Figurehead of the HMS Caradoc
© National Museum of the Royal Navy
Photo: © National Museum of the Royal Navy
National Museum of the Royal Navy, Portsmouth
This male turbaned bust is presumably a representation of Caradoc, a knight of the round table. However, others have suggested it could also be a representation of the leader of the Welsh during the Roman invasion of AD 43. Due to the style of the carving and the trailboard carvings having not survived it is difficult to tell. The young male bust wears a simple belted red tunic with a gold trimmed neckline. A white turban covers the figures brown hair. The image shown here is from circa 1983 and shows the figurehead with dark skin and wearing a white tunic and turban. Perhaps it's association with seamen from India that resulted in him being painted with a black face, for this was his colour when he returned to Portsmouth in 1983.
See conservation history.
HMS 'Caradoc', an iron paddle gunboat built and launched by Ditchburn and Mare of Blackwall in 1847. She began her career as a Holyhead mail packet before serving in the Crimea as tender to Britannia. The ship carried the body of Field Marshall Lord Raglan, commander of the British forces, back to England after he died of dysentery there in July 1855. From 1858 to 1868 the ship served in the Mediterranean based at Malta before returning to Portsmouth in 1869. The ship was sold in 1870 to E. Bates for breaking up.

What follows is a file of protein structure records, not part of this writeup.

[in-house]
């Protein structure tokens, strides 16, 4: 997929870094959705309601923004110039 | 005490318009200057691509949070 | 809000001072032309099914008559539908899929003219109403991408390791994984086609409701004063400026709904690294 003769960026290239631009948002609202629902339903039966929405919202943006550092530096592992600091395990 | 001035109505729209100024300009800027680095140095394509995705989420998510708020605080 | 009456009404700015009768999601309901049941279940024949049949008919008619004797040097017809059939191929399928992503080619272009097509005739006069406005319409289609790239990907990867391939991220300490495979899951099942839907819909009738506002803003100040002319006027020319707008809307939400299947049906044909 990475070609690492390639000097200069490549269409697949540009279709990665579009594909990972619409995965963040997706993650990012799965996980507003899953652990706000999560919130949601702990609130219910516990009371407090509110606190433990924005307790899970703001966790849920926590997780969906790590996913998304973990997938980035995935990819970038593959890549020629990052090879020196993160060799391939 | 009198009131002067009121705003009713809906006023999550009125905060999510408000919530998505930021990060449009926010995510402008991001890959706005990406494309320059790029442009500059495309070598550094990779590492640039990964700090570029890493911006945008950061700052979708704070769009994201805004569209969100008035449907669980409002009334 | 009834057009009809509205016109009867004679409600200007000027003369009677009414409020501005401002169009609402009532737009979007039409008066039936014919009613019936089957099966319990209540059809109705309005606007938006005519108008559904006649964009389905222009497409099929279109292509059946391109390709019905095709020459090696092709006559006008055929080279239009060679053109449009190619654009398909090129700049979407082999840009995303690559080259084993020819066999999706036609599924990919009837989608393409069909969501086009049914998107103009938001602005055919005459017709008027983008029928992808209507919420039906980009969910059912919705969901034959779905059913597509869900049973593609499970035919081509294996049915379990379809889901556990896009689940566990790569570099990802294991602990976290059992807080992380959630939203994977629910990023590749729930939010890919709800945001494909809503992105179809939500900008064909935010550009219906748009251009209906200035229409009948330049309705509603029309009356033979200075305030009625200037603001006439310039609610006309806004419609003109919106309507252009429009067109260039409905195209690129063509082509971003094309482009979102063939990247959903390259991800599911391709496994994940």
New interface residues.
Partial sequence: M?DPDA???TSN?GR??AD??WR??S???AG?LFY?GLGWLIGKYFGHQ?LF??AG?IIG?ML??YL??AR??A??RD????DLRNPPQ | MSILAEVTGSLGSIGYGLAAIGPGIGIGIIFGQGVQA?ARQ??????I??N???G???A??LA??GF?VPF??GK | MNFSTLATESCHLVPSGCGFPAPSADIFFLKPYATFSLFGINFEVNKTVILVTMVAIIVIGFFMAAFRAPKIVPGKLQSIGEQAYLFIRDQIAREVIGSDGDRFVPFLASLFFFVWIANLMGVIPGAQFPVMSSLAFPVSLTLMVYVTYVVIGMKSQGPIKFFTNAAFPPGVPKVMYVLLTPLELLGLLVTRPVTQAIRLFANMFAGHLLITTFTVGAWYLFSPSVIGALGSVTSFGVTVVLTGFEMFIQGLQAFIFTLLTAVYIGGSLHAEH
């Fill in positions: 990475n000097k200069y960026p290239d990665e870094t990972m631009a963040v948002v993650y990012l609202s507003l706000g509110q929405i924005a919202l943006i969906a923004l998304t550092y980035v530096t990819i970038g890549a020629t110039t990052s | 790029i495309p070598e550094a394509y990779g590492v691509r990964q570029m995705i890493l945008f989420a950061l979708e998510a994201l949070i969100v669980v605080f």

David Pulvertaft ‘The Warship Figureheads of Portsmouth’ (Stroud, 2009) p.76
National Museum of the Royal Navy
National Museum of the Royal Navy, HM Naval Base (PP66), Portsmouth PO1 3NH
Ownership can be cited online
Accessible to public
Data verified by owner